Objectives: To apply the Institute of Medicine definition of healthcare disparities, to measure disparities in different aspects of episodes of mental health care and to identify disparities in types of mental health services used.
Design: Four 2-year longitudinal datasets from Panels 9 to 13 (2004-2009) of the Medical Expenditure Panel Surveys were combined.
Setting: Large-scale surveys of families and individuals and their medical providers across the United States.
Participants: One thousand six hundred fifty-eight participants (981 white, 303 black, and 374 Latino) aged 60 and older with probable mental healthcare needs.
Measurements: Mental healthcare need was defined as a Kessler-6 Scale score >12 and a Patient Health Questionnaire-2 score >2. Five aspects of mental healthcare episodes were analyzed: treatment initiation, adequacy of care, duration of care, number of visits, and expenditures. Whether episodes of care included only prescription drug fills, only outpatient visits, or both was assessed.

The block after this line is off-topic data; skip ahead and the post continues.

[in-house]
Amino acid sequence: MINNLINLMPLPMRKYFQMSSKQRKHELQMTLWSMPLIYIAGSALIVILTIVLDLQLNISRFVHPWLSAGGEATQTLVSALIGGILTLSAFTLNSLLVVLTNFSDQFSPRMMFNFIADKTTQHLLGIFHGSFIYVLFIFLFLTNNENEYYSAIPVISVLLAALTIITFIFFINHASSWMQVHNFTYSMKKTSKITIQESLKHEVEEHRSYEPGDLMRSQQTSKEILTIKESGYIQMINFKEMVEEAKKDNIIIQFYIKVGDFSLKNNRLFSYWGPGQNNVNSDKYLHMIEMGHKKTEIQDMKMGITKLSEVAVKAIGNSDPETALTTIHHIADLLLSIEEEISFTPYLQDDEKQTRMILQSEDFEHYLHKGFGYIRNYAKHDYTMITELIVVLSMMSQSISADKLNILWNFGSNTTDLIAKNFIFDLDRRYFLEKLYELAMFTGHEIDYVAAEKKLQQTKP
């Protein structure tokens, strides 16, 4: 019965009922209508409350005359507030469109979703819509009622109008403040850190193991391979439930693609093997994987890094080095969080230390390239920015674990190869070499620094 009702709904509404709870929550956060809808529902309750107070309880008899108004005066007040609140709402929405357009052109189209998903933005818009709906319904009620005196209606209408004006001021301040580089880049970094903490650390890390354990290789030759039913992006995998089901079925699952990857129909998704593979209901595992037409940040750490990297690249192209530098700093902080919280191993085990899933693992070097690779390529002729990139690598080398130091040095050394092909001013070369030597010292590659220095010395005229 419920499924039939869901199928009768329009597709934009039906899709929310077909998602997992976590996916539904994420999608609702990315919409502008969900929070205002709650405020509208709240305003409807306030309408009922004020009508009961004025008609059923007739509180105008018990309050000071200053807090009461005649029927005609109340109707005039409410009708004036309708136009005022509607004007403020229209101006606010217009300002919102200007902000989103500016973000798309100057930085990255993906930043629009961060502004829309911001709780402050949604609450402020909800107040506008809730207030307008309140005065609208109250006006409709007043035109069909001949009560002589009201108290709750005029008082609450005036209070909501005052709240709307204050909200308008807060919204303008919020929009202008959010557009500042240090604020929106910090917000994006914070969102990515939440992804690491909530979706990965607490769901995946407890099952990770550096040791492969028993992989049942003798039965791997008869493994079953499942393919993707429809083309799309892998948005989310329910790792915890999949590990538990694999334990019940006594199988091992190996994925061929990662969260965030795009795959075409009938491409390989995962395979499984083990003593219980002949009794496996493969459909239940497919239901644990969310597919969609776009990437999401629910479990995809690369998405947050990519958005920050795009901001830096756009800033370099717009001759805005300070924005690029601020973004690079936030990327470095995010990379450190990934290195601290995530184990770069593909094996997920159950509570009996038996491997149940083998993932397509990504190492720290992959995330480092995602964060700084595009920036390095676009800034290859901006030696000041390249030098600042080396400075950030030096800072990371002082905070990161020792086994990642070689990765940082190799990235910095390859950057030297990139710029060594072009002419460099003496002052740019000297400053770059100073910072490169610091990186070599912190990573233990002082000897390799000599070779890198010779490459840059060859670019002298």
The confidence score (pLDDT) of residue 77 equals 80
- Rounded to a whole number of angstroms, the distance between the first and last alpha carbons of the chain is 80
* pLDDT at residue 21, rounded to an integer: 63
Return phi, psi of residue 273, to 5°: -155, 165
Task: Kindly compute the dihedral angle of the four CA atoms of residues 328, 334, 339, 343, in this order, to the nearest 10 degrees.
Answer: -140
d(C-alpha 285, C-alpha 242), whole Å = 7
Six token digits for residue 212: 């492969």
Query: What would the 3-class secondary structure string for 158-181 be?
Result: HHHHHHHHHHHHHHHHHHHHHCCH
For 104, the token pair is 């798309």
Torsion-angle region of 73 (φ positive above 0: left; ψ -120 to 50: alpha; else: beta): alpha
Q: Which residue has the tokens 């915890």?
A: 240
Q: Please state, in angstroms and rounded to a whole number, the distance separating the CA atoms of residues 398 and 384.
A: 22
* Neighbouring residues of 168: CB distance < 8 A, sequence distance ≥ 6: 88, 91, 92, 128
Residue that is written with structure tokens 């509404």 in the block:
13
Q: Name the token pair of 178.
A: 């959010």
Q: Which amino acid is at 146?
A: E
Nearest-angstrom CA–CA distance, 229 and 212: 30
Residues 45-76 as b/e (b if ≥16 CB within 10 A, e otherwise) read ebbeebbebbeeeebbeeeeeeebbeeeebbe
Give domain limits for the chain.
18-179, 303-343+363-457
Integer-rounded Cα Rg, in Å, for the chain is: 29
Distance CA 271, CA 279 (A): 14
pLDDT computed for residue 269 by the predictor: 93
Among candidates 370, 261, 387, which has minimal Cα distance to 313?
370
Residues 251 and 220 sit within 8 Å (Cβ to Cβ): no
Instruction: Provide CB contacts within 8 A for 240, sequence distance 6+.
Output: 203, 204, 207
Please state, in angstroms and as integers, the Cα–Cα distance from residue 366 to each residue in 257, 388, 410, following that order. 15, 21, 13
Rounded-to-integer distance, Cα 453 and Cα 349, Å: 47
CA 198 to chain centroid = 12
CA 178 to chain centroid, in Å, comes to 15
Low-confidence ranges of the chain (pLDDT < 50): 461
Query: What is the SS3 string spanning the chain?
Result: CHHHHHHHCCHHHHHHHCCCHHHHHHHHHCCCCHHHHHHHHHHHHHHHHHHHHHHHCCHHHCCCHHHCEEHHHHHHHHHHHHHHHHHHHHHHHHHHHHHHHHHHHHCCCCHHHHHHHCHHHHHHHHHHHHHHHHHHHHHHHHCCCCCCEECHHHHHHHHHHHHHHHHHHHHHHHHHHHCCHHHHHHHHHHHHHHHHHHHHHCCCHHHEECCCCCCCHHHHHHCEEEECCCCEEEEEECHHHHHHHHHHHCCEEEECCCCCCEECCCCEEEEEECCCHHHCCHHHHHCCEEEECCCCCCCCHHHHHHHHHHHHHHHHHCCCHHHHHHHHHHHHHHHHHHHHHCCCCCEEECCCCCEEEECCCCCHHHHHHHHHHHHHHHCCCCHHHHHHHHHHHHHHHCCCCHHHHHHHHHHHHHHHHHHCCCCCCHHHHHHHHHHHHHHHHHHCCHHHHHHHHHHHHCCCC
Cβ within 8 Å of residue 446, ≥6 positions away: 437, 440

Results: Treatment initiation and adequacy were lower for blacks and Latinos than whites. Latinos experienced episodes of longer duration, more visits, and higher expenditures. Blacks and Latinos had significantly lower rates of episodes that consisted of only medication refills. Blacks had significantly greater rates of episodes with only outpatient care visits. Latinos had significantly higher rates of medication plus outpatient visits.
Conclusion: Low mental health treatment initiation and poor adequacy suggest the need for culturally appropriate interventions to engage older blacks and Latinos in mental health care. The surprising findings in blacks (higher rates of outpatient care visits) and Latinos (higher rates of medication plus outpatient visits) highlight the complexities of the older adult population and suggest new avenues for disparities research.
© 2012, Copyright the Authors Journal compilation © 2012, The American Geriatrics Society.